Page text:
History remembers India as a vocal and consistent supporter of the anti-apartheid movement. The existing literature on relations between India and apartheid South Africa describes an antagonistic relationship defined by decades of sanctions. However, such literature only scratches the surface of India and South Africa's true relations. Archival research demonstrates that India's stance towards South Africa was much more ambiguous than expressed on the international stage. Evidence has surfaced that India considered re-establishing diplomatic relations with apartheid South Africa and exchanged military technology. Moreover, the reasons for publicly opposing the apartheid regime were not purely ethical but also strategic. These include establishing newly-independent India as a player on the world stage, seeking to play a role in the Commonwealth and maintaining manoeuvrability in a bi-polar world. Thus, this article analyses archival evidence within India's domestic and international context, including the Indian foreign policy establishment, economic and security crises and caste issues. This article also serves a wider purpose by demonstrating the complexity of foreign policy making and the inability of a single theory to explain these complex processes.
In his address to the Rajiv Gandhi Foundation in New Delhi in January 1995, former South African President Nelson Mandela eloquently stated: "I bring you greetings from the people of South Africa. In their multitude and diversity they extend their hands across the miles and oceans to profoundly thank the people of India for helping set them free" (Mandela 1995a). A day later addressing the Indian Parliament, President Mandela even more forcefully stated, "(o)ur two countries are united by strong bonds of history and geography. It is a history of shared commitment and tolerance, to social equity and the eradication of poverty. It is a history of common experience of oppression and struggle for independence and freedom. It is a history of independence in struggle and mutual support" (Mandela 1995b).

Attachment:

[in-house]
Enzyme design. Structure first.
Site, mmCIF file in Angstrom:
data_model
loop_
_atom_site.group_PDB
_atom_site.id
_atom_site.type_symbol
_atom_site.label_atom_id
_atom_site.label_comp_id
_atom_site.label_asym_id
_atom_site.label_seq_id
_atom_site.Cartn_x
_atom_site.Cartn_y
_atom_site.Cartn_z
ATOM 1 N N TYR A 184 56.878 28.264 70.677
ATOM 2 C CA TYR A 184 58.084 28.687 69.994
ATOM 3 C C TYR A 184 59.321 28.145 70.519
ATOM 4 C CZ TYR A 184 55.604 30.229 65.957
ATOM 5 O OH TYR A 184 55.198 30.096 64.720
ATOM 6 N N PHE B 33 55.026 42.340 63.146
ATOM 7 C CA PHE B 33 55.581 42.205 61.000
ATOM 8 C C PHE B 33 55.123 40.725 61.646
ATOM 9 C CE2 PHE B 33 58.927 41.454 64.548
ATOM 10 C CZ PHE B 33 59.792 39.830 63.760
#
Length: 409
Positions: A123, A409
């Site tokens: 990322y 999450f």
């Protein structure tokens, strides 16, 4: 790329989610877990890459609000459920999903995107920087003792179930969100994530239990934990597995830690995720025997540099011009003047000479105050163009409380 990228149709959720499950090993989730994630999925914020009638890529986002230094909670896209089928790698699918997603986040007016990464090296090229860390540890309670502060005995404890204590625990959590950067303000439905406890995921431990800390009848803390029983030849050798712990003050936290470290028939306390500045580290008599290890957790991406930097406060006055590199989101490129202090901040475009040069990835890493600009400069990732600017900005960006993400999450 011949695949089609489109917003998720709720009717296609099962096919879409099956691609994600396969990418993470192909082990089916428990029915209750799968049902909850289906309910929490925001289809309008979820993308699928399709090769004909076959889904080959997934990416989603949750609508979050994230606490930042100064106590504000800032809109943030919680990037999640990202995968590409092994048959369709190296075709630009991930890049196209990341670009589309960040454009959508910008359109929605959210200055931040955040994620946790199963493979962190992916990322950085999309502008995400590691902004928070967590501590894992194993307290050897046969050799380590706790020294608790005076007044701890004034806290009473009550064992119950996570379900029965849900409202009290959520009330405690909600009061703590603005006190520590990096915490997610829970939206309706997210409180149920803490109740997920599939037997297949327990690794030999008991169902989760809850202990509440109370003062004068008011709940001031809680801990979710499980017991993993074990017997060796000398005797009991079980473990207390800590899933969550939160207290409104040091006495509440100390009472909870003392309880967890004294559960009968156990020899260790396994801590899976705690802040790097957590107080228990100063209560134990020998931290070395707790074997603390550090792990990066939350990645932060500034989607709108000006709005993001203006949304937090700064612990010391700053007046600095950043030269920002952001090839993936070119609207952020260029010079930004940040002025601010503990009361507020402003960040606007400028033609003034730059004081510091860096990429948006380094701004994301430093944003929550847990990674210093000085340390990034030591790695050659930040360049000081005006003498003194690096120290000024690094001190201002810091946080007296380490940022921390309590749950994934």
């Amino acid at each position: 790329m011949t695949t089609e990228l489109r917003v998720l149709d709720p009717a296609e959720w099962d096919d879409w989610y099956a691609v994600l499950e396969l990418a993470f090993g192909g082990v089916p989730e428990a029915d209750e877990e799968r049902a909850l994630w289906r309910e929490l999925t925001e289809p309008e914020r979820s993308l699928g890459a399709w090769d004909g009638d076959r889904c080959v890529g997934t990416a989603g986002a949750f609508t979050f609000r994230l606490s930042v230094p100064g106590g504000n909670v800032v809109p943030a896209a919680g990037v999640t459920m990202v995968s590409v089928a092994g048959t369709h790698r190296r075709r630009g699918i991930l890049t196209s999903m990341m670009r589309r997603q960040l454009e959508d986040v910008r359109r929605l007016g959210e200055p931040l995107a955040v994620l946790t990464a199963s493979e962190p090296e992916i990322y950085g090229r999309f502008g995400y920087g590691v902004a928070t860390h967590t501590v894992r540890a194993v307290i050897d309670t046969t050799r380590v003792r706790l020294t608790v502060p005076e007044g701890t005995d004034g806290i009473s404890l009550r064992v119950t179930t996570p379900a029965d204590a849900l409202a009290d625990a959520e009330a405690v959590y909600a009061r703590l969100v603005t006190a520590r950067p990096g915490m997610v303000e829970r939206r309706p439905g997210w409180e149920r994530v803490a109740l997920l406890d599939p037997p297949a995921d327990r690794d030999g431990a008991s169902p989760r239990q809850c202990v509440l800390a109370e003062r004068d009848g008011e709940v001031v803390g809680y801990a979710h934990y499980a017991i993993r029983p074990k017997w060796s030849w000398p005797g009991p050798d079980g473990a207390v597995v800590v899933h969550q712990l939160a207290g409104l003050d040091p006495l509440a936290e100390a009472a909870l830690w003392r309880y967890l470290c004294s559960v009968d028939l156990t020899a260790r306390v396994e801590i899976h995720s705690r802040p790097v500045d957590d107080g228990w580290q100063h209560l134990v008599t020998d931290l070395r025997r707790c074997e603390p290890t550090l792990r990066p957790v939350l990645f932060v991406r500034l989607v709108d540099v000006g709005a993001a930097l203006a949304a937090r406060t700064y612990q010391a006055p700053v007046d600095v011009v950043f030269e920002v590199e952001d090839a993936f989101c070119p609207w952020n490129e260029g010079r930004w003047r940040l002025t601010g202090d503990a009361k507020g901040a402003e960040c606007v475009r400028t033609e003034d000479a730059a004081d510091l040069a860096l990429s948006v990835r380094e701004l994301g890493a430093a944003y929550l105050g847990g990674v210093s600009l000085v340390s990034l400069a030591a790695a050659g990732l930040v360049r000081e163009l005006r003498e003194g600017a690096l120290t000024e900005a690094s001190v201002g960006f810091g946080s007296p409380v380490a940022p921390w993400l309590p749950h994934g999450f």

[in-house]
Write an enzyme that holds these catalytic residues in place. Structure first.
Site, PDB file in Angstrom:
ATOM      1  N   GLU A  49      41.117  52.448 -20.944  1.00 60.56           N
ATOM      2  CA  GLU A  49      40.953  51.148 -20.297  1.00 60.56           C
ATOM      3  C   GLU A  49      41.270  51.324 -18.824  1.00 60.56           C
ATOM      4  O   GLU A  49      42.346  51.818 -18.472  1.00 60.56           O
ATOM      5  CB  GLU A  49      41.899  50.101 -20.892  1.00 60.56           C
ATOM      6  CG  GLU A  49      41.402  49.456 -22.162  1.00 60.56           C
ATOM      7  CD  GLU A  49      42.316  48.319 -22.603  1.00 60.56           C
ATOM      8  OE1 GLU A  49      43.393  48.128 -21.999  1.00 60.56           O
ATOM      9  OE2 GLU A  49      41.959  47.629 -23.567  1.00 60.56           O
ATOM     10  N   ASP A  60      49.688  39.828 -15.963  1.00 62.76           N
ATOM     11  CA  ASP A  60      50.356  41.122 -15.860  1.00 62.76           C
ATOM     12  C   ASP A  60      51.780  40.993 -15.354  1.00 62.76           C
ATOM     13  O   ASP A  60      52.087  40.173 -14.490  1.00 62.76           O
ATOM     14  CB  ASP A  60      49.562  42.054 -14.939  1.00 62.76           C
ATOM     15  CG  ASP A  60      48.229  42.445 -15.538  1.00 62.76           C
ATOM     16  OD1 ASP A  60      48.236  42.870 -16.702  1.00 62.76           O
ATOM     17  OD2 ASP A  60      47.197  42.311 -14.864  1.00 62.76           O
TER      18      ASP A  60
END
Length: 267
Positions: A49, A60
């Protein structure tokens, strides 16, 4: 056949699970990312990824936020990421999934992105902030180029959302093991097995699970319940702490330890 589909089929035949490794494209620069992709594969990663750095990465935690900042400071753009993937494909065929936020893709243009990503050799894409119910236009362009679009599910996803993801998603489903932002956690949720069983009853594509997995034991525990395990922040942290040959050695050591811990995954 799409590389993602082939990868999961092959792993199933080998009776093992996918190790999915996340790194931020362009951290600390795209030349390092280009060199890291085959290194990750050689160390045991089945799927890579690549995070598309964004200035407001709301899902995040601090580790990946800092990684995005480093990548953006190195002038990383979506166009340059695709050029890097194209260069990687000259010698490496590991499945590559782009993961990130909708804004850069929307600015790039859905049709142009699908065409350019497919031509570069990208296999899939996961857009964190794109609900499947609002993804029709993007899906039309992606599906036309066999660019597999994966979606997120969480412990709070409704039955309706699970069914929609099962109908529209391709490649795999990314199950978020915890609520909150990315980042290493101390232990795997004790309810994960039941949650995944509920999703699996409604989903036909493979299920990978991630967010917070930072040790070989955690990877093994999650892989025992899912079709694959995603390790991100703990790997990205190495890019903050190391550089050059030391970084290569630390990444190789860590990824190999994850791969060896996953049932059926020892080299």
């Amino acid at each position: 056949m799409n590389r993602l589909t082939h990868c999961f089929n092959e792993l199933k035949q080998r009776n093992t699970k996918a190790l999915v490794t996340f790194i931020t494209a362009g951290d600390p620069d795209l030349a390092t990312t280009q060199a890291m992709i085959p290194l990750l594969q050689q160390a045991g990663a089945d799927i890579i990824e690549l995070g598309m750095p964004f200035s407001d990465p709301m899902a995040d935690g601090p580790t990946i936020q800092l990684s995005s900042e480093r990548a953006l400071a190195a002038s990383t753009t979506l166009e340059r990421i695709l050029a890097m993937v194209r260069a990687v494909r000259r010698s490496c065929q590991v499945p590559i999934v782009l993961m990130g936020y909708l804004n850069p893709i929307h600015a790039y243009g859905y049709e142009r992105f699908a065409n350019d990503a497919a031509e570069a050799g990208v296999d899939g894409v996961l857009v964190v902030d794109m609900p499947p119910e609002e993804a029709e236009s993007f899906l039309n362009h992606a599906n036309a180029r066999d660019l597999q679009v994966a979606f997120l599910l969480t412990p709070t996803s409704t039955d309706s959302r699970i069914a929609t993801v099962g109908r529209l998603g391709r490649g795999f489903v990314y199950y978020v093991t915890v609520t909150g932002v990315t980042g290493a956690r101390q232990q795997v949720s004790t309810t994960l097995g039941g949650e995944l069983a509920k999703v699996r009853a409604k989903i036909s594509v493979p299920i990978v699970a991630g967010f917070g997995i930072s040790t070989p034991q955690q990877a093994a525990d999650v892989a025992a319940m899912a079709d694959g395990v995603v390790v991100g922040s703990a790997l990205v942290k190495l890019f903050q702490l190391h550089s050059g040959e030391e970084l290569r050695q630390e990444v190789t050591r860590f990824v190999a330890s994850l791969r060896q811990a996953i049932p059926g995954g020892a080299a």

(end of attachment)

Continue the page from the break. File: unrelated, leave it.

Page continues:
These two statements by anti-apartheid icon Nelson Mandela reinforce the dominant narrative of any study of Indo-South African relations: that New Delhi had played a vanguard role in the isolation of apartheid South Africa whilst simultaneously supporting the liberation movements, the African National Congress (ANC) and Pan-Africanist Congress (PAC). Indeed a plethora of documentary evidence could be quoted in support of such a stance. As early as 26 October 1894 Mahatma Gandhi in a letter to the editor of The Times of Natal called for non-racialism and respect for human dignity (Mukherjee 1995: v) in South Africa. On the verge of achieving its own independence, Mr Ramaswami Mudaliar, the Leader of the Indian Delegation to the United Nations (UN) General Assembly wrote a letter in June 1946, to UN Secretary-General Trygve Lie to place racial discrimination in South Africa on the UN agenda (Indian Delegation to the United Nations 1946). A month later, India was to be the first country to place a trade embargo against South Africa (Department of Commerce, Government of India 1946). With the coming to power of the National Party in 1948 and the intensification of systematic racial discrimination, Mrs Vijayalakshmi Pandit, the leader of the Indian Delegation strongly argued that the policy of apartheid was racial discrimination (Pandit 1950). Once again Indian moves at the multilateral level focused on isolating the apartheid state, specifically at that stage at the UN, but later within the Commonwealth and the Non-Alignment Movement, were also occurring in conjunction with anti-apartheid moves at the bilateral level. By 1 July 1954, the government of India severed its diplomatic ties to the Union of South Africa (Government of India 1954). Diplomatic ties between the two countries were only re-established on 6 May 1994 (Government of India 1994) following South Africa's first democratic elections and the formal ending of apartheid. …